You will need to have the space to build an ADU on your property and make sure they are permitted by local zoning laws and your HOA. In recent years, we have observed a trend towards the relaxation of regulations, particularly in densely populated areas with a housing shortage.

Cost: A detached secondary suite costs $160,000 to $300,000 to build, according to data collected by home improvement lending company RenoFi. However, this varies by region. It may cost more than $350,000 to build an ADU in the Bay Area, for example.

Advantages: You can charge more rent for a detached space than for one that is part of your home. You will also enjoy more privacy.

The inconvenients: You will have to give up part of your yard and the construction can be time consuming, including connections to electrical, plumbing and sewage systems. Plus, maintenance can be more expensive than you think.

Lease your land to a tiny home owner

Letting someone else bring their tiny house onto your property might seem like a no-brainer, but it could be trickier than it looks. Typically, Tiny Houses on Wheels are considered RVs and their occupants are considered campers and can only stay in one place for 30-45 days in many municipalities, says Andrew Helling, a licensed real estate agent. in Omaha. For a more permanent arrangement, you may need to tie the house to a foundation on your property, depending on local zoning laws.

Cost: It depends. A simple concrete slab foundation costs on average between $7,000 and $20,000, by size, according to data from HomeAdvisor. You and the tenant should determine who pays for the cost of building the foundation and securing the home. Beyond that, costs are minimal, although many tiny homes require utility hookups.

Advantages: You can get a tenant’s income without the construction and maintenance costs of a new building.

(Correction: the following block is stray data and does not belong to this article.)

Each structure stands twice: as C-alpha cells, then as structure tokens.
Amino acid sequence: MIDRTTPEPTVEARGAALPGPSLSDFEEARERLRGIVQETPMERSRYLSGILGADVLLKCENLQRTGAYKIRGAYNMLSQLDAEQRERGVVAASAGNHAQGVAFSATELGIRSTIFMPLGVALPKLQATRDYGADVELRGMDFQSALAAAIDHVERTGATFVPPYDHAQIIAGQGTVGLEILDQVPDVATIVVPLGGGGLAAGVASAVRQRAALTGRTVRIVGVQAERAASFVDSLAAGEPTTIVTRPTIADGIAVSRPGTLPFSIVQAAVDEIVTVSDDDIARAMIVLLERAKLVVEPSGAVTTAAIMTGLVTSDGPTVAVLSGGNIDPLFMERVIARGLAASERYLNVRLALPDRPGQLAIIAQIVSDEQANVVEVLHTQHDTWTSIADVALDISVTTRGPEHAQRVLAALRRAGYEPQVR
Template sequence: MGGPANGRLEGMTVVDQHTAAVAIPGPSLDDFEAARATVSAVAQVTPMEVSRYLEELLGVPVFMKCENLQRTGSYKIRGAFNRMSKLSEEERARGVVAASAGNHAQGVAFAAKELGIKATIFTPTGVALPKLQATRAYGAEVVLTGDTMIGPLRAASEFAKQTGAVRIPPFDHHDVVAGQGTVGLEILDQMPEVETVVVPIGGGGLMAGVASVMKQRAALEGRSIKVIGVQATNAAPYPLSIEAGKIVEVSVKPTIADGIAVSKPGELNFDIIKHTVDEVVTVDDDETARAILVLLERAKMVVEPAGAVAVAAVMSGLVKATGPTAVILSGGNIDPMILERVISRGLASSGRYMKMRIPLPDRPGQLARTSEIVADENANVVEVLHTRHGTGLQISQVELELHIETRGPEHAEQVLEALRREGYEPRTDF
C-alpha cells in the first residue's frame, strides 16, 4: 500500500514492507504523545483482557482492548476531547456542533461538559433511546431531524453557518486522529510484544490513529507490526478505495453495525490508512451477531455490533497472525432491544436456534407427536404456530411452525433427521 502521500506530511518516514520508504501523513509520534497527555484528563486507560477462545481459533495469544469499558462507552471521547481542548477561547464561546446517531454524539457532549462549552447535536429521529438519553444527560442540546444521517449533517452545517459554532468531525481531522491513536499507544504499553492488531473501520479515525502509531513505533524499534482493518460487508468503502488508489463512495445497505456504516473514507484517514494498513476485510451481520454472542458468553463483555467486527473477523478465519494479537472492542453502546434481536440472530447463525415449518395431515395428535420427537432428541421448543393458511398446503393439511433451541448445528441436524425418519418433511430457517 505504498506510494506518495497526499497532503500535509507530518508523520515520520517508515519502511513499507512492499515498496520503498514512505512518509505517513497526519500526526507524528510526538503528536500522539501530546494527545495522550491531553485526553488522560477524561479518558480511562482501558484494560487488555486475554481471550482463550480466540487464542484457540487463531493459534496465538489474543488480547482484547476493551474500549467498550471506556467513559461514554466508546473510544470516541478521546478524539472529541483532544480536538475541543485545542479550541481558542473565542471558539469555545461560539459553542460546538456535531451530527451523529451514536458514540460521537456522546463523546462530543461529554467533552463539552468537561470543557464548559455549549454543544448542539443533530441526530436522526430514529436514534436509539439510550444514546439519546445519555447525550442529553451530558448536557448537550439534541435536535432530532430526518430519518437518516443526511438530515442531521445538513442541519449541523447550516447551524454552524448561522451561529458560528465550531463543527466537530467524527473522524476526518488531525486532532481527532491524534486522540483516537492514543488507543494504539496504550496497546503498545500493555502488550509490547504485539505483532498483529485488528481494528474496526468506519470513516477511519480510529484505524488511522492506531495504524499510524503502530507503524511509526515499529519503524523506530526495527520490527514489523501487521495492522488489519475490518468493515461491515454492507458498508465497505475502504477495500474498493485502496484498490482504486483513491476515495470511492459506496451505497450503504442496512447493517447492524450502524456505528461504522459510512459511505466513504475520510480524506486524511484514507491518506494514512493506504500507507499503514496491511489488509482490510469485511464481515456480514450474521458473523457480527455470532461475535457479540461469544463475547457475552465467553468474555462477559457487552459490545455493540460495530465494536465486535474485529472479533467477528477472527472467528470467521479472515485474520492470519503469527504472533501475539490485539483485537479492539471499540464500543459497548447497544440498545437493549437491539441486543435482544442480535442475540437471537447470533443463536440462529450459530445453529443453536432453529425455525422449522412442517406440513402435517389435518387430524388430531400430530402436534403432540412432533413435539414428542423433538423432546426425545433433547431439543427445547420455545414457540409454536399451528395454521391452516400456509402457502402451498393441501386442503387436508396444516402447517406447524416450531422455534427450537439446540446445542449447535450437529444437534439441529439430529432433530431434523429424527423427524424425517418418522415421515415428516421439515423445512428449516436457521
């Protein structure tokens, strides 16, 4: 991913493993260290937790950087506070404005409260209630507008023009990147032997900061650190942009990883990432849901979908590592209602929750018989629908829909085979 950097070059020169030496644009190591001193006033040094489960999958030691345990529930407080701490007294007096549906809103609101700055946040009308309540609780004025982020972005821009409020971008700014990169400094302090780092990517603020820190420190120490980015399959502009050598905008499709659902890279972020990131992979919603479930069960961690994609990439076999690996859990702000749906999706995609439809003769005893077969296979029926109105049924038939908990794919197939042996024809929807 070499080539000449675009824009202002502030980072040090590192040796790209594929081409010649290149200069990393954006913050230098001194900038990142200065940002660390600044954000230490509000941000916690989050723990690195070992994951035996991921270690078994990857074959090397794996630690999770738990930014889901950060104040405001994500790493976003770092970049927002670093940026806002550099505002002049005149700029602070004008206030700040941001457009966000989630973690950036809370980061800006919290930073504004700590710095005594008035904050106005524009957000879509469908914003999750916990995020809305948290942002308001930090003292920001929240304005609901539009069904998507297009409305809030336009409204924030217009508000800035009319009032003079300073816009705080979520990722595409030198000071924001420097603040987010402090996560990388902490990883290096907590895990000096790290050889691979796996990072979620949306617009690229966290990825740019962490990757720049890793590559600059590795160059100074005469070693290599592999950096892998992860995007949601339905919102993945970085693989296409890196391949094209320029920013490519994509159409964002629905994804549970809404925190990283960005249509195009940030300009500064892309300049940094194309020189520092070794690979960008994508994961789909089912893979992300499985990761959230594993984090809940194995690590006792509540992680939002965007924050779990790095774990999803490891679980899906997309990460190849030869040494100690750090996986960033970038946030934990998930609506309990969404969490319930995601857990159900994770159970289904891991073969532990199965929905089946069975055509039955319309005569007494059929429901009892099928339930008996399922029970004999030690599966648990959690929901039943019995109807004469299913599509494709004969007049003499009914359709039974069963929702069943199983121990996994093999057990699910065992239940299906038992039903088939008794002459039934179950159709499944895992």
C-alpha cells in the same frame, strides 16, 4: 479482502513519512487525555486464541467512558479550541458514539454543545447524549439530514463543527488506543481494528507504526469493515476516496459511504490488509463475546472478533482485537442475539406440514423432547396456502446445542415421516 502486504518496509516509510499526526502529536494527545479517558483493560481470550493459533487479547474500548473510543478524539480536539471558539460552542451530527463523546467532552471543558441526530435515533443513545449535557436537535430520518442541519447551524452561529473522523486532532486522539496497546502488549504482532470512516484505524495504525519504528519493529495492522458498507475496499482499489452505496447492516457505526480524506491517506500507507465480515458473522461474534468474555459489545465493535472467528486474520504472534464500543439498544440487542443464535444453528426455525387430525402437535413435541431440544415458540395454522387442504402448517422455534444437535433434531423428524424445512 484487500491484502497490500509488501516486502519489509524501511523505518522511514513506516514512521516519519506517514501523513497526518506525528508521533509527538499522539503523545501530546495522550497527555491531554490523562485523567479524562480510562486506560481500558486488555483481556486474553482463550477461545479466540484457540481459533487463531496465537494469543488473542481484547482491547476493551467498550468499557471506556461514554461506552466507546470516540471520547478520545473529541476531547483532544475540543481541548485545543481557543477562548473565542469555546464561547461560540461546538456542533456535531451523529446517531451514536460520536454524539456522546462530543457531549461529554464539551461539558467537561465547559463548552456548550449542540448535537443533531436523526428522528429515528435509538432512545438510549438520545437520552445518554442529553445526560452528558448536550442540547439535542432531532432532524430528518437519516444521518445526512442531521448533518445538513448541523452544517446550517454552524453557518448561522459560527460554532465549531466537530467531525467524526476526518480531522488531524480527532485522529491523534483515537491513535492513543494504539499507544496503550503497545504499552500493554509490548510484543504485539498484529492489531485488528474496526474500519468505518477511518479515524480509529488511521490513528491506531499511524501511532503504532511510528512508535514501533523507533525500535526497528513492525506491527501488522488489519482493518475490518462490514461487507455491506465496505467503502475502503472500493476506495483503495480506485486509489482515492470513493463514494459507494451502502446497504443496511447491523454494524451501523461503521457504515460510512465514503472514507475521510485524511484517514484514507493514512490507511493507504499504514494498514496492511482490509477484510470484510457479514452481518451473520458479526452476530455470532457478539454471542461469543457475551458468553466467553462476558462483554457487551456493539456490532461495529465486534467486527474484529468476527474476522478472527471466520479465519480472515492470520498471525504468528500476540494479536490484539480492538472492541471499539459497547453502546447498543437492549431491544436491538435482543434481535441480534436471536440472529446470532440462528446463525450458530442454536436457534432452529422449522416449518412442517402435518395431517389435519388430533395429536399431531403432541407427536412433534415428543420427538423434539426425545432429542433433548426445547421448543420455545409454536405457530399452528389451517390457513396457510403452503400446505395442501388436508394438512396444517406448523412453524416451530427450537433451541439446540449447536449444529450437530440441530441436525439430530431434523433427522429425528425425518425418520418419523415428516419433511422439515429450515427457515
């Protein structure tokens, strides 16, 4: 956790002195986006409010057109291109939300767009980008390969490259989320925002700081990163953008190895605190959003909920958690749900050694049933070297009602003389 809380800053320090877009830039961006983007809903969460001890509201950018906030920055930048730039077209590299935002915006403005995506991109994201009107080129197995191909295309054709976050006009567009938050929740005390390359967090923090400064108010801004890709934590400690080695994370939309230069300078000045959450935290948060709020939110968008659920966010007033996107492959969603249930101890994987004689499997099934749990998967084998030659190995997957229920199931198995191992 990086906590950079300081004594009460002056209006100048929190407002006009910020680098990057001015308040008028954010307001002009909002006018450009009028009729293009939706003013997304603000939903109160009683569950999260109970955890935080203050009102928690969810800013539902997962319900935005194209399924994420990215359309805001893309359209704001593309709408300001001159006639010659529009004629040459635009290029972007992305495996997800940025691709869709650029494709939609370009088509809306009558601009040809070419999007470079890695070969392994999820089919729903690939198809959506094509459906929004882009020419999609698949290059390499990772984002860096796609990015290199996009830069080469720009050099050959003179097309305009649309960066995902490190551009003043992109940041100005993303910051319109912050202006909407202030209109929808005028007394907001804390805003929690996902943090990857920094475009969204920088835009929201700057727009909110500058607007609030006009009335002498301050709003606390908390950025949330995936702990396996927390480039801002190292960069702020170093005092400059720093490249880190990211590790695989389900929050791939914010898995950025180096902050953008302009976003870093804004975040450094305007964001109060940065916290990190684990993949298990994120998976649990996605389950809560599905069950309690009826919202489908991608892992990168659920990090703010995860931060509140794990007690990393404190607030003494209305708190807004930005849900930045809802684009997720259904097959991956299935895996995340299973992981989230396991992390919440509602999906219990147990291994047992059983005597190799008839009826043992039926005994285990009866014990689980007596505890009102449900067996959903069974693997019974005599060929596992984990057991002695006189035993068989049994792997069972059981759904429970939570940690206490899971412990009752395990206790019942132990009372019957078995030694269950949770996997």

The inconvenients: It is more difficult to evict someone from a house they own if they stop paying their rent. “There needs to be a solid legal agreement about who is responsible for what if something goes wrong,” Helling says. “They attach something to your property that you don’t own. This is a big consideration.

Join the Airbnb community

Rather than going through the process of getting a tenant to live on your property, you can let your home serve as a place to stay for travelers and short-term residents by listing a room or property on Airbnb. According to the company, the average host earns around $13,800 per year.

Cost: If you’re renting a room or a property you already own on Airbnb, the start-up cost can be incredibly cheap — basically the cost of cleaning supplies to prep the room. If you’re building or buying a property to list on Airbnb, it could cost a lot more.

Advantages: There’s a low entry cost to listing on Airbnb, and it offers more flexibility as you can choose when your listing is available. You also set the pricing, which gives you a lot of control over the process.

The inconvenients: Additional insurance may be required to cover your listing. If you have a homeowners association, it may have restrictive rules that prevent you from listing a room or property on Airbnb. Similarly, some municipalities have rules restricting Airbnbs.

Conclusion on income from your property

As long as you have the space, you can bring in extra income by renting out part of your property. It’s important to consider the pros and cons of each strategy, as well as potential costs, as well as zoning laws and homeowners association rules, before signing any rental agreement.

You can also seek advice from a real estate lawyer or property management company on how to become a landlord, draft a foolproof tenancy agreement, and screen potential tenants. Don’t forget your home insurance company, either: you may need to change your policy, or even buy a new homeowner’s insurance policy, to make sure you’re properly covered.